a) An Example of Mistakes while showing Active Listening Skills

Interviewer: Hello, I would like us to have a short discussion for the assessment of your healing progress after the operation. (Phone rings). As I said, I would like us to discuss your healing progress.

Patient: Hi, thank you. I have been experiencing relatively positive progress with my body recovering well after the XXXX operation.

Interviewer: I have realised a significant change in your body that has taken place within a short time. (Checks at the flickering computer screen and gets back to the process shortly). I am going to ask you a few questions to determine your progress.

Patient: (Strains to listen due to increased noise from outside the room). Well, I will appreciate your help.

Interviewer: This interview will help us to recommend more treatment to you while also assisting you in knowing the stage of your healing. (Checks phone again).

Patient: (Remains silent waiting for the practitioner to get back from engaging the phone)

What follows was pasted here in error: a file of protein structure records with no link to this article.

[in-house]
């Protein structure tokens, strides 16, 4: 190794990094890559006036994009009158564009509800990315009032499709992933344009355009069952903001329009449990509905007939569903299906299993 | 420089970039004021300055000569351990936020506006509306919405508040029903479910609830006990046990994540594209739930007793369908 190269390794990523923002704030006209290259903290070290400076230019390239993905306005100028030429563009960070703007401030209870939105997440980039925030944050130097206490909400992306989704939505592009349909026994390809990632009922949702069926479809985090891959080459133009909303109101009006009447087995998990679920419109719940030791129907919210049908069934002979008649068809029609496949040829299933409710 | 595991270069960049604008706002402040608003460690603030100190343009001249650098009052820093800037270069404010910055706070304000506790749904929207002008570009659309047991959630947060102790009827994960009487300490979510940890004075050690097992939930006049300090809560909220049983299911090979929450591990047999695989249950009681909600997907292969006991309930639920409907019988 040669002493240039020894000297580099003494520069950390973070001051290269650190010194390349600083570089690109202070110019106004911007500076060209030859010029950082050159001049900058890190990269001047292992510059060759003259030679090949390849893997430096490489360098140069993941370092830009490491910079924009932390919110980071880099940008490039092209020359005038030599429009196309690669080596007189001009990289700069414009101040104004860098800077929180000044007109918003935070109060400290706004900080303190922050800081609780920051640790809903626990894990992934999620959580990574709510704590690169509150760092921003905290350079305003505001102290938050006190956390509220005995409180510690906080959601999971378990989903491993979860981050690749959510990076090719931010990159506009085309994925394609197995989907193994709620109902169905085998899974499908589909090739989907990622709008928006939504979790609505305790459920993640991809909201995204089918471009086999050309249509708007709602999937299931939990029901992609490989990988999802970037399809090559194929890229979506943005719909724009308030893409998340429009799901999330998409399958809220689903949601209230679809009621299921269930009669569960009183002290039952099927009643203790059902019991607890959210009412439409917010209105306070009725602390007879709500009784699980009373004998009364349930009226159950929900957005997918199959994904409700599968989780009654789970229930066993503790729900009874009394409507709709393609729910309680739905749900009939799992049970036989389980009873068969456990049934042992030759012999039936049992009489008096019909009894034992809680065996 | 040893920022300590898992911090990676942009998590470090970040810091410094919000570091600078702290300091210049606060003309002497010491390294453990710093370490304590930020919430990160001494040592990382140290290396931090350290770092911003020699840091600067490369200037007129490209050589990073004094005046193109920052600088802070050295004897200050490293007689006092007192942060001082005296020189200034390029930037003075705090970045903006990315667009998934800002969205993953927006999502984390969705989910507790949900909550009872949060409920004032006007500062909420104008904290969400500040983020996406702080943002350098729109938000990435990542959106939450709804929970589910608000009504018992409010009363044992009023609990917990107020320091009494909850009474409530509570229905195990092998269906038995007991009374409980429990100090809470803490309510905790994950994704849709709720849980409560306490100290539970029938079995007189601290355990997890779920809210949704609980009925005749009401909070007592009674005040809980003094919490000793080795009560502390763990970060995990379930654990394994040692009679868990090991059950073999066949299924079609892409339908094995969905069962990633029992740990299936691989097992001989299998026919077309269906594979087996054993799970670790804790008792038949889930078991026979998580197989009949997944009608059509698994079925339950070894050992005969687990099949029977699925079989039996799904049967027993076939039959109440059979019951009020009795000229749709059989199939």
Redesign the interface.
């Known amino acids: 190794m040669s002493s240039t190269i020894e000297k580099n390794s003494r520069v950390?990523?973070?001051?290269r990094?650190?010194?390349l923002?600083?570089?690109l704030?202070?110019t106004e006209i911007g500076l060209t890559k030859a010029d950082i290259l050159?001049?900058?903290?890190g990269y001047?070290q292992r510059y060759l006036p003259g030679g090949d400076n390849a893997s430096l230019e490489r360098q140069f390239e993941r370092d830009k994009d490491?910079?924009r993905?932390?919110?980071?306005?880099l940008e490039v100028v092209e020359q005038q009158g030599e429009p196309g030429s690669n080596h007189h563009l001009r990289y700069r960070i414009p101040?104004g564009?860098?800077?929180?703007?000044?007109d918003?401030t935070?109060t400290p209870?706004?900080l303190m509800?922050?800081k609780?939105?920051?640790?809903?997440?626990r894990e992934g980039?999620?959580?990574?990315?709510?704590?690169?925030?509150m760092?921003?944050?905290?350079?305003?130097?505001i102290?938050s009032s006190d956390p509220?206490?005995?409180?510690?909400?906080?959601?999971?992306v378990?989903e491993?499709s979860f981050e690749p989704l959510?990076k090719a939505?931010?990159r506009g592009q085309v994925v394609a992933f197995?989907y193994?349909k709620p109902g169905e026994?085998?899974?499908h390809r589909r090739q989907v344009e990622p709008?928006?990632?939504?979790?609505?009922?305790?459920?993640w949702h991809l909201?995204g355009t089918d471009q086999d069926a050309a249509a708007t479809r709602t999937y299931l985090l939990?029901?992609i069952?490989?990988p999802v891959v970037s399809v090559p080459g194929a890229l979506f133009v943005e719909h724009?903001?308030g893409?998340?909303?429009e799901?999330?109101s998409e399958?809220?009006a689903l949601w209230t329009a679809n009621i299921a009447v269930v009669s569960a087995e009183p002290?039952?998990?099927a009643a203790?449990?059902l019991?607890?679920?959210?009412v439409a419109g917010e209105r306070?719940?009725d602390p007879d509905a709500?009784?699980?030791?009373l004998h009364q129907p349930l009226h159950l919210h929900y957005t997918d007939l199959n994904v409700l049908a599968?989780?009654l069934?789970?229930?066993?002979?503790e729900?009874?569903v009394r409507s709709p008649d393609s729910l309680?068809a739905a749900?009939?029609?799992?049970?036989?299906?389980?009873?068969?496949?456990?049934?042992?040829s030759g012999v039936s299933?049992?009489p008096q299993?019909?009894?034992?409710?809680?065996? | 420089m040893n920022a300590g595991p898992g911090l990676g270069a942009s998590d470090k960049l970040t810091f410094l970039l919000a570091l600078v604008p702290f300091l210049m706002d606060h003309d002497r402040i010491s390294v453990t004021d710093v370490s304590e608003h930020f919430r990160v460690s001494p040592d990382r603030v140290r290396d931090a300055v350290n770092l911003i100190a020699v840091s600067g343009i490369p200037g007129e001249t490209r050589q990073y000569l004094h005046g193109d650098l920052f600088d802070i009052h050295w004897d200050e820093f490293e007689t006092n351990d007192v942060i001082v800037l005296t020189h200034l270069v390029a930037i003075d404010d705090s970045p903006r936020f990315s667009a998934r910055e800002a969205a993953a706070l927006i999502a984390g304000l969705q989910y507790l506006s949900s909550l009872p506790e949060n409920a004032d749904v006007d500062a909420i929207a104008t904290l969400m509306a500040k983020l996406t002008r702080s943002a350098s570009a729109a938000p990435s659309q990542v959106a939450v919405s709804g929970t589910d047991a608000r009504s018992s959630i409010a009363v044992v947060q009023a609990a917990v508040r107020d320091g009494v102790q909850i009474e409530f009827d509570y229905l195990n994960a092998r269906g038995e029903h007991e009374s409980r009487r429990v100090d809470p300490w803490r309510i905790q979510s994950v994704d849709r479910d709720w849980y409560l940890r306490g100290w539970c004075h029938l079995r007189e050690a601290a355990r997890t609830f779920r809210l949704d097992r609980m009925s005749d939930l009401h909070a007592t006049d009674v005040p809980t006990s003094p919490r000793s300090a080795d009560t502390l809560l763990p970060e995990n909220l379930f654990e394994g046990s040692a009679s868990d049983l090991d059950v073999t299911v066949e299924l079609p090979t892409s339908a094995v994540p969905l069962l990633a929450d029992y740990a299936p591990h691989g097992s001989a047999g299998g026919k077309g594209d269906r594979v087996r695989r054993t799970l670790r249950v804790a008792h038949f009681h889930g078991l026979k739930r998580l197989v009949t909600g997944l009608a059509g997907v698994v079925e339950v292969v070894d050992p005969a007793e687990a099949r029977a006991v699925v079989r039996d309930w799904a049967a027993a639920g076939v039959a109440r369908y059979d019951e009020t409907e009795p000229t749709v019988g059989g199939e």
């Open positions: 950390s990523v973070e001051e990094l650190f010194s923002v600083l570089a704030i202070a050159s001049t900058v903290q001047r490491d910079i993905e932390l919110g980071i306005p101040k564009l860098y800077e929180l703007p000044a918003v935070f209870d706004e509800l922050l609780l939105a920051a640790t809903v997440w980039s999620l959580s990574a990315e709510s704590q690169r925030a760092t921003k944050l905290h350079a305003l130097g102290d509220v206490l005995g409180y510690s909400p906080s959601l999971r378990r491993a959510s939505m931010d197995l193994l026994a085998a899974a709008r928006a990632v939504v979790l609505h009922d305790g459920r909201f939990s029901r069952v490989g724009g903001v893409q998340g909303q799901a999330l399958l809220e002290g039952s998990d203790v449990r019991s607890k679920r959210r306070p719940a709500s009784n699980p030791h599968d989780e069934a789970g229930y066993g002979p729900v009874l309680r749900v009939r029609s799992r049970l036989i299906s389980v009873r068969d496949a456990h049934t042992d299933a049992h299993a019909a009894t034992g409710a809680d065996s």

Details: Video was taken from a health care assessment session at 2:35 pm.

b) Analysis of the Active Listening Example

During the active listening session above, several aspects depict poor communication skills. Firstly, the practitioner allows internal and external distractions to affect communication with the patient. According to Srivastava (2013), allowing distractions during conversation affects the patient’s confidence and trust in the relationship developed during communication while also impeding the interview process. Secondly, the practitioner did not allow the patient to engage actively in expressing their healing progress. For an effective interview process, the patient should take maximum time to define, explain, and talk about their experience while the practitioner listens (Arnold, & Boggs, 2015). Lastly, the interviewer allowed the devices such as computer and phone to take away the concentration from the patient.

Questioning Skills